Print this page.
Home / Browse / Gender / Female / Montague, Raye Jean Jordan
Raye Jean Jordan Montague was an internationally registered professional engineer (RPE) with the U.S. Navy who is credited with the first computer-generated rough draft of a U.S. naval ship. The U.S. Navy’s first female program manager of ships (PMS-309), Information Systems Improvement Program, she held a civilian equivalent rank of captain.
Raye Jordan was born on January 21, 1935, in Little Rock (Pulaski County) to Rayford Jordan and Flossie Graves Jordan. She attended St. Bartholomew School before moving to Merrill High School in Pine Bluff (Jefferson County), where she graduated in 1952. She attended Arkansas AM&N (now the University of Arkansas at Pine Bluff), wanting to study engineering, though because no Arkansas colleges were awarding such degrees to African-American women in the 1950s, she took a degree in business, graduating in 1956.
She was married three times: to Weldon A. Means in 1955, to David H. Montague in 1965, and to James Parrott in 1973. After her marriage to Parrott ended, she returned to the name Montague, the same last name as her only child, David R. Montague.
In 1956, Montague began her career with the navy at the old David Taylor Model Basin (now the Naval Surface Warfare Center) in Carderock, Maryland, as a digital computer systems operator. She later advanced to the position of computer systems analyst at the Naval Ship Engineering Center and served as the program director for the Naval Sea Systems Command (NAVSEA) Integrated Design, Manufacturing, and Maintenance Program as well as the division head for the Computer-Aided Design and Computer-Aided Manufacturing (CAD/CAM) Program. On January 22, 1984, she accepted the newly created position of deputy program manager of the navy’s Information Systems Improvement Program.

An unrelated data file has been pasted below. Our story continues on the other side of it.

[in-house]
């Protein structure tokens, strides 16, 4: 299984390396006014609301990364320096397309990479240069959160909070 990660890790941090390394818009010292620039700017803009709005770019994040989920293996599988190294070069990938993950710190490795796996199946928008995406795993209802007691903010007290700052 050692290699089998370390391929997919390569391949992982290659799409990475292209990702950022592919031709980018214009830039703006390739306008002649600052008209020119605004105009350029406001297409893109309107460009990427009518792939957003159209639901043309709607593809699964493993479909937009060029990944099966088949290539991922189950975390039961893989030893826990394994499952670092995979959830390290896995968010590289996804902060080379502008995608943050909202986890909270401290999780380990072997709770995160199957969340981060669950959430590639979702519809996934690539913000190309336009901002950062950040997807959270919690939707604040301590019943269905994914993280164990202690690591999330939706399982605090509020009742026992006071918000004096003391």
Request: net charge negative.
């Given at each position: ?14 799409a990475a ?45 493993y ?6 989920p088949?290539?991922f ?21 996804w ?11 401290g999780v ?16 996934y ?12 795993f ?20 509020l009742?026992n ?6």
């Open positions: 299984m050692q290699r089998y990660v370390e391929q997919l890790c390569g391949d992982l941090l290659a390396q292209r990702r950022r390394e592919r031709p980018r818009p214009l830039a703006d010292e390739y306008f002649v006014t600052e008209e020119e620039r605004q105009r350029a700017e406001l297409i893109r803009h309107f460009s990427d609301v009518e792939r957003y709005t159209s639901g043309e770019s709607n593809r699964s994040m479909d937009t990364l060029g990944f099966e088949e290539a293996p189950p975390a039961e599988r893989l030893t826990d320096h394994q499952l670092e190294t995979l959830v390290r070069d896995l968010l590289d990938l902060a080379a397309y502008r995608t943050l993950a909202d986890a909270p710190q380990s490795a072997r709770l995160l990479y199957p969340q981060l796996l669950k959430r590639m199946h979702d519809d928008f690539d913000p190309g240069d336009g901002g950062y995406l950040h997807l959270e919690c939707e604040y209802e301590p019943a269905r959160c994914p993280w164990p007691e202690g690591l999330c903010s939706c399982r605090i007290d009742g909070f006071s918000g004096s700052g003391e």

Montague’s career spans the development of computer technologies, from the UNIVAC I, the world’s first commercially available computer, down to modern computers. She successfully revised the first automated system for selecting and printing ship specifications and produced the first draft for the FFG-7 frigate (
the Oliver Hazard Perry–class, or Perry-class, ship) in eighteen hours. This was the first ship designed by computer.
In 1972, Montague was awarded the U.S. Navy’s Meritorious Civilian Service Award, the navy’s third-highest honorary award. She was the first female professional engineer to receive the Society of Manufacturing Engineers Achievement Award (1978) and the National Computer Graphics Association Award for the Advancement of Computer Graphics (1988). She has also received a host of other honors from military branches, industry, and academia. Montague worked on the USS Dwight D. Eisenhower (CVN-69) and the navy’s first landing craft helicopter-assault ship (LHA). The last project with which she was affiliated was the Seawolf-class submarine (SSN-21).
Montague retired in 1990. In 2006, after fifty years spent in the metropolitan Washington DC area, she returned to Arkansas, living in west Little Rock, where she remains active with LifeQuest, The Links Inc., the Alpha Kappa Alpha sorority, and the American Contract Bridge League. She also mentors inmates through a community re-entry program through the University of Arkansas at Little Rock (UALR) as well as students at the eStem Elementary Public Charter School in Little Rock.
For additional information:Montague, Raye. “Interview with Raye Montague.” January 29, 2009. Audio online at Butler Center for Arkansas Studies, Arkansas Studies Institute (ASI) Research Portal: Raye Montague Interview (accessed March 30, 2016).
Owen, Rhonda. “Raye Jean Jordan Montague.”Arkansas Democrat-Gazette. December 16, 2012, pp. 1D, 5D, 8D.
“Pine Bluff, Little Rock Native Honored by Navy Department.” Southern Mediator Journal, February 2, 1973, pp. 1–2.
“Raye Parrott Receives 1978 Manufacturing Engineering Achievement Award.” The Observer, October 12, 1978, pp. 1, 7.
Betty Sorensen AdamsLittle Rock, Arkansas
Last Updated 2/21/2017
About this Entry: Contact the Encyclopedia / Submit a Comment / Submit a Narrative